Letter to the Editor: Deja vu all over again

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Letter to the Editor: Deja vu all over again

Here we go. Cindy Christiansen. Again. The streets are filled with protests in connection with the murders of people of color at the hands of the authorities, we’re in a pandemic and a recession, but, sure, as invited by the editor of the Milton Times, I’ll respond to Judith Gundersen’s screed in the June 4th edition of that newspaper. Among other outlandish statements made about me were that I brought unjustified charges against Ms. Christiansen in connection with an eavesdropping incident and that the court decided “no cause” in the matter. She is wrong on those and many other counts.

First, Ms. Christiansen was not the only person accused of eavesdropping on the non-profit board call in question. Ms. Christiansen’s good friend and fellow airplane noise collaborator eavesdropped on the call – surreptitiously calling in within a minute of Ms. Christiansen’s number and before the rest of the participants. This person owned up to her misconduct and apologized for it – in writing. Common sense tells us that the two are not unconnected.

Second, the court did not rule “no cause” in Ms. Christiansen’s case (Ms. Gundersen wasn’t in the court that day). In fact, the magistrate did not make a cause finding, but, instead, expressly cited his authority not to issue charges even if he finds cause and pointed to Ms. Christiansen’s age and lack of a criminal record in letting Ms. Christiansen off. The Milton Times knows this and should correct that at no point did the magistrate state that he found “no cause” in the case – the distinction is significant.

Third, Ms. Gundersen purports to quote a non-public town investigative report that supposedly states that the investigator “can’t conclude” that Ms. Christiansen eavesdropped on the call. Ms. Christiansen should release this non-public report for all to see so we can review this statement in full context and see the evidence upon which it is based. More significantly, however, is that Ms. Gundersen states that the non-public report’s “…sole negative finding, called ‘an untruthful statement,’ related to where the call took place.” Translated, this means that Ms. Christiansen’s alibi to the select board about why her phone number appeared on the call log of a private non-profit board meeting was a lie. Common sense tells us why those accused of crimes provide false alibis.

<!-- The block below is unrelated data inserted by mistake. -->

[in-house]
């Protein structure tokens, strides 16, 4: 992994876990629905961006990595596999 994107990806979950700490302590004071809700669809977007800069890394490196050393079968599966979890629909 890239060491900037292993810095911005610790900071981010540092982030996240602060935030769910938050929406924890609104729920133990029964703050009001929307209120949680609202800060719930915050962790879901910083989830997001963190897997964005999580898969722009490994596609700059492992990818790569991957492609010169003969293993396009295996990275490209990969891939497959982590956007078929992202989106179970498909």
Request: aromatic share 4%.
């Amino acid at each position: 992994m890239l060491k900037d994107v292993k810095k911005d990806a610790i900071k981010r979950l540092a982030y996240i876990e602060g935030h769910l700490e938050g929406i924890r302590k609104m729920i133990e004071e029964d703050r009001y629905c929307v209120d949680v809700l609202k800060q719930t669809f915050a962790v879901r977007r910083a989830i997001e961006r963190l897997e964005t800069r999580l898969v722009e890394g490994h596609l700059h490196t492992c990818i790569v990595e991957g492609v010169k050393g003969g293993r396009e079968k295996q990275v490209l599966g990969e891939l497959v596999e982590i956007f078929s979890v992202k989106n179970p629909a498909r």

The Milton Times has known of Ms. Christiansen’s false alibi since March of 2019 when my lawyer provided its editor with a copy of her email to a member of the Select Board containing it. Moreover, the editor of that newspaper was in the courtroom and heard Ms. Christiansen falsely attest to the email’s contents when questioned about it. That same editor also heard two of Ms. Christiansen’s witnesses admit to destroying evidence and heard the magistrate question the truthfulness of Ms. Christiansen’s witnesses. In short, the courtroom was itself a crime scene, the Milton Times had a front row seat to those crimes and chose not to report on them. To the contrary, that newspaper misquoted and mischaracterized the magistrate’s ruling (it certainly was not an exoneration) and has provided a known liar and her misguided supporters with a platform with which to misinform the public. Whether the fact that my wife owns The Milton Scene which competes with the Milton Times has influenced editorial decisions at the newspaper is an open question.

Finally, Ms. Gundersen laments supposed opportunities lost by the untruthful Ms. Christiansen because someone allegedly made anonymous phone calls to various parties discussing Ms. Christiansen’s detrimental actions to the town. While one must consider the source of such stories and her demonstrated history of untruthfulness, I know nothing of any such calls (if they ever happened). I would, however, remind Ms. Gundersen that it is 2020 and before anyone hires anyone these days they google that person. Try googling “Cindy Christiansen Milton, MA” and see what comes up. That might explain a few things.

Now, as invited by the editor of the Milton Times, you have my response. Let’s all move on.

Contributed by Peter Dunn.

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